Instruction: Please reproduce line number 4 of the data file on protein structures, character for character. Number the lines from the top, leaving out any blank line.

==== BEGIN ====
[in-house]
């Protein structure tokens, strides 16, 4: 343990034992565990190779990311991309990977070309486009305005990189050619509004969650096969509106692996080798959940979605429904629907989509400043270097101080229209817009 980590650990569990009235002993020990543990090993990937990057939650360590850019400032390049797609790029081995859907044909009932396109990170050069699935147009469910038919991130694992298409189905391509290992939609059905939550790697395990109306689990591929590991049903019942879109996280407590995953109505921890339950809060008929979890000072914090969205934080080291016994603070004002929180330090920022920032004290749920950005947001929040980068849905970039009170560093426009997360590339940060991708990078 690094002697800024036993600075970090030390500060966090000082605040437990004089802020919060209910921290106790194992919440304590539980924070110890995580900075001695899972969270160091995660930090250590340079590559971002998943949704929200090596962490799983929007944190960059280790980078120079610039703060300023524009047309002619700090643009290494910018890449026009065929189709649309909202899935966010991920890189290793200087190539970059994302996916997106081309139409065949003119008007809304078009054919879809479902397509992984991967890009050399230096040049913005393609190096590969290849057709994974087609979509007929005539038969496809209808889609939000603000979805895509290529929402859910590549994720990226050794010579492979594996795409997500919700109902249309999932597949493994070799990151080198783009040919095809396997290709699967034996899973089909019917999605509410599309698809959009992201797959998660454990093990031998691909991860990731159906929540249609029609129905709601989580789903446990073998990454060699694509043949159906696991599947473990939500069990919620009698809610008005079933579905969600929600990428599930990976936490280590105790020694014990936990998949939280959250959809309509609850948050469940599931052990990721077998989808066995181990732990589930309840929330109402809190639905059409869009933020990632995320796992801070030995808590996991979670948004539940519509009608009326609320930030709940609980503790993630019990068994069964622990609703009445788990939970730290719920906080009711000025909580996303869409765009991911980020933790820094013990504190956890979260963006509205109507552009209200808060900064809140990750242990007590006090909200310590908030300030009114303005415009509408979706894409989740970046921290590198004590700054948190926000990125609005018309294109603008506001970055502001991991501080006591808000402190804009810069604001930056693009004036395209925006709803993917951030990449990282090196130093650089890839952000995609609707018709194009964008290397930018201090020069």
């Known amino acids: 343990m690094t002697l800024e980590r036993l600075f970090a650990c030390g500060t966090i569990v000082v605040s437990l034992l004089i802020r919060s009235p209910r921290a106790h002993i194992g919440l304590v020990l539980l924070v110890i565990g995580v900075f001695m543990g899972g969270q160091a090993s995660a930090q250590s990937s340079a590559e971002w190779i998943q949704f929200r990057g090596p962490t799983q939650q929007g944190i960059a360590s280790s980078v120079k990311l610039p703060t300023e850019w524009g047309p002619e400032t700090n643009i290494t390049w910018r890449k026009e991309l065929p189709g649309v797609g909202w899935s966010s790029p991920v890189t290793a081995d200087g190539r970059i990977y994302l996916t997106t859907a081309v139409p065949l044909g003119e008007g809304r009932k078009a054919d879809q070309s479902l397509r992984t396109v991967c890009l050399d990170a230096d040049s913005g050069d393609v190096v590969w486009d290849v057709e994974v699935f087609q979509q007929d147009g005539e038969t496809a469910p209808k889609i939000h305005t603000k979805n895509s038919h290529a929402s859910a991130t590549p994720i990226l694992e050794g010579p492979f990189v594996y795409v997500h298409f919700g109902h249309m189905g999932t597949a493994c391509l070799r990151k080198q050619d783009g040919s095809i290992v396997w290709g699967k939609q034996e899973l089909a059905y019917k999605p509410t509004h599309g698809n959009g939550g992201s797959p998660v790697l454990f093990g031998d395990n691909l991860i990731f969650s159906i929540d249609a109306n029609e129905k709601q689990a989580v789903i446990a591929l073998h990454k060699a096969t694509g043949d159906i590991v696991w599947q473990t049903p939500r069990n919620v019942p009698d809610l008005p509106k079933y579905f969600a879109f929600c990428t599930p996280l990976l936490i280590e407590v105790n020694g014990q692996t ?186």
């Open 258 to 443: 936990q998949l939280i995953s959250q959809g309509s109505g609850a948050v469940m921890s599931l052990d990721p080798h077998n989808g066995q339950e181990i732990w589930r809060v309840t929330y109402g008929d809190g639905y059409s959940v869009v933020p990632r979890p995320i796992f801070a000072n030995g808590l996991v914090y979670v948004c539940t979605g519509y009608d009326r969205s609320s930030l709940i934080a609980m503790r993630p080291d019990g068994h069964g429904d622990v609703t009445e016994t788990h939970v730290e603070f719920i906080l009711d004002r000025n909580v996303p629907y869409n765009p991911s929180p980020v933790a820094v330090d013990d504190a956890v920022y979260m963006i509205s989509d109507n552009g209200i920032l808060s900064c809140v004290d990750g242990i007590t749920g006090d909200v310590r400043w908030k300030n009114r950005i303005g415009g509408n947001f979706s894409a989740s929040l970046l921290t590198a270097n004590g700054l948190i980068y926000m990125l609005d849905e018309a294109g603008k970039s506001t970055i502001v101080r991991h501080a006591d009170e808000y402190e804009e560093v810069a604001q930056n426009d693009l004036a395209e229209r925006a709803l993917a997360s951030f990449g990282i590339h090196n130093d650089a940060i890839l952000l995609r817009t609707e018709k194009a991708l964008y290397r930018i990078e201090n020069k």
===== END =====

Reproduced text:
């Open 258 to 443: 936990q998949l939280i995953s959250q959809g309509s109505g609850a948050v469940m921890s599931l052990d990721p080798h077998n989808g066995q339950e181990i732990w589930r809060v309840t929330y109402g008929d809190g639905y059409s959940v869009v933020p990632r979890p995320i796992f801070a000072n030995g808590l996991v914090y979670v948004c539940t979605g519509y009608d009326r969205s609320s930030l709940i934080a609980m503790r993630p080291d019990g068994h069964g429904d622990v609703t009445e016994t788990h939970v730290e603070f719920i906080l009711d004002r000025n909580v996303p629907y869409n765009p991911s929180p980020v933790a820094v330090d013990d504190a956890v920022y979260m963006i509205s989509d109507n552009g209200i920032l808060s900064c809140v004290d990750g242990i007590t749920g006090d909200v310590r400043w908030k300030n009114r950005i303005g415009g509408n947001f979706s894409a989740s929040l970046l921290t590198a270097n004590g700054l948190i980068y926000m990125l609005d849905e018309a294109g603008k970039s506001t970055i502001v101080r991991h501080a006591d009170e808000y402190e804009e560093v810069a604001q930056n426009d693009l004036a395209e229209r925006a709803l993917a997360s951030f990449g990282i590339h090196n130093d650089a940060i890839l952000l995609r817009t609707e018709k194009a991708l964008y290397r930018i990078e201090n020069k």